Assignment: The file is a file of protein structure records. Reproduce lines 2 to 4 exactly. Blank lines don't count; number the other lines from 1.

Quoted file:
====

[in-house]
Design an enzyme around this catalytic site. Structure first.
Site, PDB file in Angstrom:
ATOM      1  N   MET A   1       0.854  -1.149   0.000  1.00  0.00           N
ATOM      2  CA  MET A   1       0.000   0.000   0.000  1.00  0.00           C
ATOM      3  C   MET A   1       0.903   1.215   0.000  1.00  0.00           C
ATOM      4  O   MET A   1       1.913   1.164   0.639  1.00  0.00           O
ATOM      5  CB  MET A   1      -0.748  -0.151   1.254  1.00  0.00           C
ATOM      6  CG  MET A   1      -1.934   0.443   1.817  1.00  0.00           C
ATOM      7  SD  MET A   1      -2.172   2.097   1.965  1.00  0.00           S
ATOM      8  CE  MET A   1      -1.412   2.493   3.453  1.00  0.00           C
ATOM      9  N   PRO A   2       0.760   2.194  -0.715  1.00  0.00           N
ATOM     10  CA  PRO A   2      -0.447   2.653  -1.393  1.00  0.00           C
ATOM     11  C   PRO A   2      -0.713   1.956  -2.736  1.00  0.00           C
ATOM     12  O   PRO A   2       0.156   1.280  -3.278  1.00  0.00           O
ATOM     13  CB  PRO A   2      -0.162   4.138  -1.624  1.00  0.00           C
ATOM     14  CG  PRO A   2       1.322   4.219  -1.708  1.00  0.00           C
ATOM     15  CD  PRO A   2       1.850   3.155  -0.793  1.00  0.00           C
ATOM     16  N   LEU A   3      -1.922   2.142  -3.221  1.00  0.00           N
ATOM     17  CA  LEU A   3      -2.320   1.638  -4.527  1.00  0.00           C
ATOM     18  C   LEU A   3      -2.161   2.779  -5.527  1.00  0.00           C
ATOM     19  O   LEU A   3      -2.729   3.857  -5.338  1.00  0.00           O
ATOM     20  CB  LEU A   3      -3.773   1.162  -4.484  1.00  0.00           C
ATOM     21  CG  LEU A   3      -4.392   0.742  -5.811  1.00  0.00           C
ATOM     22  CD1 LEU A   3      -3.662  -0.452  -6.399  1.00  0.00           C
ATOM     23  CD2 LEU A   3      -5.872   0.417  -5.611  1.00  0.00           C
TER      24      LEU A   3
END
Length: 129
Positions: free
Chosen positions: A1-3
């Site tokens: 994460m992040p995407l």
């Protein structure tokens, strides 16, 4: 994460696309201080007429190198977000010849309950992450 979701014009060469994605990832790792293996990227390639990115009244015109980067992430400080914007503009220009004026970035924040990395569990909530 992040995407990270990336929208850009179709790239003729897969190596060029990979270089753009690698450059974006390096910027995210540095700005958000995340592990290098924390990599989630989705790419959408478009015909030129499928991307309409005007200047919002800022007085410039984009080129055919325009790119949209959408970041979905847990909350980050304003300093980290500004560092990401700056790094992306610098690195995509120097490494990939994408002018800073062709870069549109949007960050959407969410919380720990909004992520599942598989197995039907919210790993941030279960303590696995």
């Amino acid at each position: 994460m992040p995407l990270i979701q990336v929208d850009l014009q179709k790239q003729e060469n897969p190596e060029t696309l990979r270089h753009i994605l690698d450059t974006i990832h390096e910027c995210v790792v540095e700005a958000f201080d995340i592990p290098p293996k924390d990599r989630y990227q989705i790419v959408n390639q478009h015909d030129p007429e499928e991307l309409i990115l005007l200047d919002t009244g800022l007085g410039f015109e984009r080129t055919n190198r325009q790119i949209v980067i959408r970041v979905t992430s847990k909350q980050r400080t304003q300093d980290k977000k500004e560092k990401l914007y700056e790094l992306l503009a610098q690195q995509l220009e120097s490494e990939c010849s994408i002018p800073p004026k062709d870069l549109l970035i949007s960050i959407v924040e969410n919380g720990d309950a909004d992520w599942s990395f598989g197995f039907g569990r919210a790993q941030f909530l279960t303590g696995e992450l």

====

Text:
Design an enzyme around this catalytic site. Structure first.
Site, PDB file in Angstrom:
ATOM      1  N   MET A   1       0.854  -1.149   0.000  1.00  0.00           N